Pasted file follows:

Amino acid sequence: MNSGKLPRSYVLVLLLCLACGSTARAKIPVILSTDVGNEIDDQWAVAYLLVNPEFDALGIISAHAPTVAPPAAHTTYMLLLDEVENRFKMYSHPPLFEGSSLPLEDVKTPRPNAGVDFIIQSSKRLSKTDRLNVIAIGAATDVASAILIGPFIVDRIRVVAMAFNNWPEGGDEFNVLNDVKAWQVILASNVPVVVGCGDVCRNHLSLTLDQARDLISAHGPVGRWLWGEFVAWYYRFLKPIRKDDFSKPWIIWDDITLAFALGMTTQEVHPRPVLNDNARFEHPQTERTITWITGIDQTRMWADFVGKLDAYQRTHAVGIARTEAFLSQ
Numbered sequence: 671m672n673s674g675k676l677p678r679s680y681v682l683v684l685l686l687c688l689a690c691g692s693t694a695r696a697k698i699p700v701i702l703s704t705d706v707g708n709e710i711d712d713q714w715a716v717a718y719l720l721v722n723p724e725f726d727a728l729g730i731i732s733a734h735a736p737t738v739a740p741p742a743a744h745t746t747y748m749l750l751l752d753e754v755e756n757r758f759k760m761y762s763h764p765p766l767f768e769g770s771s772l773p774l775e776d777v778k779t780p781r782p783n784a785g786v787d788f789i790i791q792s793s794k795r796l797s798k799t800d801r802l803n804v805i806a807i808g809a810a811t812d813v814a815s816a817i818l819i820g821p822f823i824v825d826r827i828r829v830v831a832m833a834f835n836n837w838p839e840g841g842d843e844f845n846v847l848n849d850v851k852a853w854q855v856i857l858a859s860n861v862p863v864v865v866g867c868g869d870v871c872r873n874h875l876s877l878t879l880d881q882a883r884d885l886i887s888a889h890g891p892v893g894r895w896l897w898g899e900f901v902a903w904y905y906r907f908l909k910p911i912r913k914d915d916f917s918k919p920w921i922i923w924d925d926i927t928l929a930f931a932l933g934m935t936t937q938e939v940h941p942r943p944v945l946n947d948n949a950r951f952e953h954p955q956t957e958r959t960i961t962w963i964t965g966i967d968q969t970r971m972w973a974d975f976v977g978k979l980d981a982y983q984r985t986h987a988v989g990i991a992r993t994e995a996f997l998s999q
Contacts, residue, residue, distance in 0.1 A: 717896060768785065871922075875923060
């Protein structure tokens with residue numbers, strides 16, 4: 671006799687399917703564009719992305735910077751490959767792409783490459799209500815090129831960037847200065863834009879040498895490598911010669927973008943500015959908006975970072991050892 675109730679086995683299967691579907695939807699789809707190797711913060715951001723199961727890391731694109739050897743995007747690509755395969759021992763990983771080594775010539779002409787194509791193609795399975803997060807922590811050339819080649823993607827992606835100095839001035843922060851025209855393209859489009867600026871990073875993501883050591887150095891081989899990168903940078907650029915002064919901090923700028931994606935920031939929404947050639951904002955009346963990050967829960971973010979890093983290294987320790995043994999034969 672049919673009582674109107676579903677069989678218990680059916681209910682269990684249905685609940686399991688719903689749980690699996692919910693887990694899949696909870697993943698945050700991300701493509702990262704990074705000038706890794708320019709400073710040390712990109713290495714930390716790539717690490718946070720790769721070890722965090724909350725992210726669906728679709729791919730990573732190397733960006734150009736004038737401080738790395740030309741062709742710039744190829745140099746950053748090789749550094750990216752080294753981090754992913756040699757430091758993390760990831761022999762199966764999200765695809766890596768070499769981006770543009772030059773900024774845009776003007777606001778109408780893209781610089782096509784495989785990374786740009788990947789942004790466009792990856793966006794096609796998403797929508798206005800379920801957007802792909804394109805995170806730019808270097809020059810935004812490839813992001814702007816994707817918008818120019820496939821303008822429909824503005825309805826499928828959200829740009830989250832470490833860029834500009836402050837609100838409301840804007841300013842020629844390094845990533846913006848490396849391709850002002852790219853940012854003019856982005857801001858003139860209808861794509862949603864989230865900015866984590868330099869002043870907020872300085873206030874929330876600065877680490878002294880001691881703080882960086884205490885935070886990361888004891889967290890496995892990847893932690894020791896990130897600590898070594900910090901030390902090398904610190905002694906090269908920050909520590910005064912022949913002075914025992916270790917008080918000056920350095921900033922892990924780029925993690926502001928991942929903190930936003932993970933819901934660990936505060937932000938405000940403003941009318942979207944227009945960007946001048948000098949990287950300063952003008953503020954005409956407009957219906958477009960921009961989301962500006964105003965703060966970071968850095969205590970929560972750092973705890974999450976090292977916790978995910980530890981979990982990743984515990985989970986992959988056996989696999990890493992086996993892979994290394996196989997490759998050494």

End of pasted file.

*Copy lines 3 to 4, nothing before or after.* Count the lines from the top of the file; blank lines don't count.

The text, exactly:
Contacts, residue, residue, distance in 0.1 A: 717896060768785065871922075875923060
């Protein structure tokens with residue numbers, strides 16, 4: 671006799687399917703564009719992305735910077751490959767792409783490459799209500815090129831960037847200065863834009879040498895490598911010669927973008943500015959908006975970072991050892 675109730679086995683299967691579907695939807699789809707190797711913060715951001723199961727890391731694109739050897743995007747690509755395969759021992763990983771080594775010539779002409787194509791193609795399975803997060807922590811050339819080649823993607827992606835100095839001035843922060851025209855393209859489009867600026871990073875993501883050591887150095891081989899990168903940078907650029915002064919901090923700028931994606935920031939929404947050639951904002955009346963990050967829960971973010979890093983290294987320790995043994999034969 672049919673009582674109107676579903677069989678218990680059916681209910682269990684249905685609940686399991688719903689749980690699996692919910693887990694899949696909870697993943698945050700991300701493509702990262704990074705000038706890794708320019709400073710040390712990109713290495714930390716790539717690490718946070720790769721070890722965090724909350725992210726669906728679709729791919730990573732190397733960006734150009736004038737401080738790395740030309741062709742710039744190829745140099746950053748090789749550094750990216752080294753981090754992913756040699757430091758993390760990831761022999762199966764999200765695809766890596768070499769981006770543009772030059773900024774845009776003007777606001778109408780893209781610089782096509784495989785990374786740009788990947789942004790466009792990856793966006794096609796998403797929508798206005800379920801957007802792909804394109805995170806730019808270097809020059810935004812490839813992001814702007816994707817918008818120019820496939821303008822429909824503005825309805826499928828959200829740009830989250832470490833860029834500009836402050837609100838409301840804007841300013842020629844390094845990533846913006848490396849391709850002002852790219853940012854003019856982005857801001858003139860209808861794509862949603864989230865900015866984590868330099869002043870907020872300085873206030874929330876600065877680490878002294880001691881703080882960086884205490885935070886990361888004891889967290890496995892990847893932690894020791896990130897600590898070594900910090901030390902090398904610190905002694906090269908920050909520590910005064912022949913002075914025992916270790917008080918000056920350095921900033922892990924780029925993690926502001928991942929903190930936003932993970933819901934660990936505060937932000938405000940403003941009318942979207944227009945960007946001048948000098949990287950300063952003008953503020954005409956407009957219906958477009960921009961989301962500006964105003965703060966970071968850095969205590970929560972750092973705890974999450976090292977916790978995910980530890981979990982990743984515990985989970986992959988056996989696999990890493992086996993892979994290394996196989997490759998050494």